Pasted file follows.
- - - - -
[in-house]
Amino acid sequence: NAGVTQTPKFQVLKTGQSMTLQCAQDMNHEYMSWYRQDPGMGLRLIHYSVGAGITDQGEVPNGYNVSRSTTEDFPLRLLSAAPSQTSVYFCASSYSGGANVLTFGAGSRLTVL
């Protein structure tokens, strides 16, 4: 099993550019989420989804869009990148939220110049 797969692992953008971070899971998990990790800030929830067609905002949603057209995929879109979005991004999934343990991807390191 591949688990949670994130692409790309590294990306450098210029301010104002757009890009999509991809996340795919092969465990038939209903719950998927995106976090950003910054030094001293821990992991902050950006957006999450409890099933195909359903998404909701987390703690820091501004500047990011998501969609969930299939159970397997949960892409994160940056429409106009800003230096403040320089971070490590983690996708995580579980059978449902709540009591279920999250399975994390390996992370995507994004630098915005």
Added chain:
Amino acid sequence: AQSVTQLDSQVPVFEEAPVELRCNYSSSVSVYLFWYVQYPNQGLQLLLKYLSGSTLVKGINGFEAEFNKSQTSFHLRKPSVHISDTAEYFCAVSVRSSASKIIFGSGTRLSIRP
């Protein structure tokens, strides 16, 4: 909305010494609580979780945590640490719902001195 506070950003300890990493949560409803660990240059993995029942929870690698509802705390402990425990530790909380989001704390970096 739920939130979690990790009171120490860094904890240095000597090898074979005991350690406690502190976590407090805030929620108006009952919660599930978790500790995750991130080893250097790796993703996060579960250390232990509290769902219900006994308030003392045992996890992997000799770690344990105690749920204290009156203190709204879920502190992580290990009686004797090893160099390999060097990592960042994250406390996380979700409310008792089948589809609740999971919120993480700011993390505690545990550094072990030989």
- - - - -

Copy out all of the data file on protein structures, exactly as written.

[in-house]
Amino acid sequence: NAGVTQTPKFQVLKTGQSMTLQCAQDMNHEYMSWYRQDPGMGLRLIHYSVGAGITDQGEVPNGYNVSRSTTEDFPLRLLSAAPSQTSVYFCASSYSGGANVLTFGAGSRLTVL
């Protein structure tokens, strides 16, 4: 099993550019989420989804869009990148939220110049 797969692992953008971070899971998990990790800030929830067609905002949603057209995929879109979005991004999934343990991807390191 591949688990949670994130692409790309590294990306450098210029301010104002757009890009999509991809996340795919092969465990038939209903719950998927995106976090950003910054030094001293821990992991902050950006957006999450409890099933195909359903998404909701987390703690820091501004500047990011998501969609969930299939159970397997949960892409994160940056429409106009800003230096403040320089971070490590983690996708995580579980059978449902709540009591279920999250399975994390390996992370995507994004630098915005």
Added chain:
Amino acid sequence: AQSVTQLDSQVPVFEEAPVELRCNYSSSVSVYLFWYVQYPNQGLQLLLKYLSGSTLVKGINGFEAEFNKSQTSFHLRKPSVHISDTAEYFCAVSVRSSASKIIFGSGTRLSIRP
């Protein structure tokens, strides 16, 4: 909305010494609580979780945590640490719902001195 506070950003300890990493949560409803660990240059993995029942929870690698509802705390402990425990530790909380989001704390970096 739920939130979690990790009171120490860094904890240095000597090898074979005991350690406690502190976590407090805030929620108006009952919660599930978790500790995750991130080893250097790796993703996060579960250390232990509290769902219900006994308030003392045992996890992997000799770690344990105690749920204290009156203190709204879920502190992580290990009686004797090893160099390999060097990592960042994250406390996380979700409310008792089948589809609740999971919120993480700011993390505690545990550094072990030989």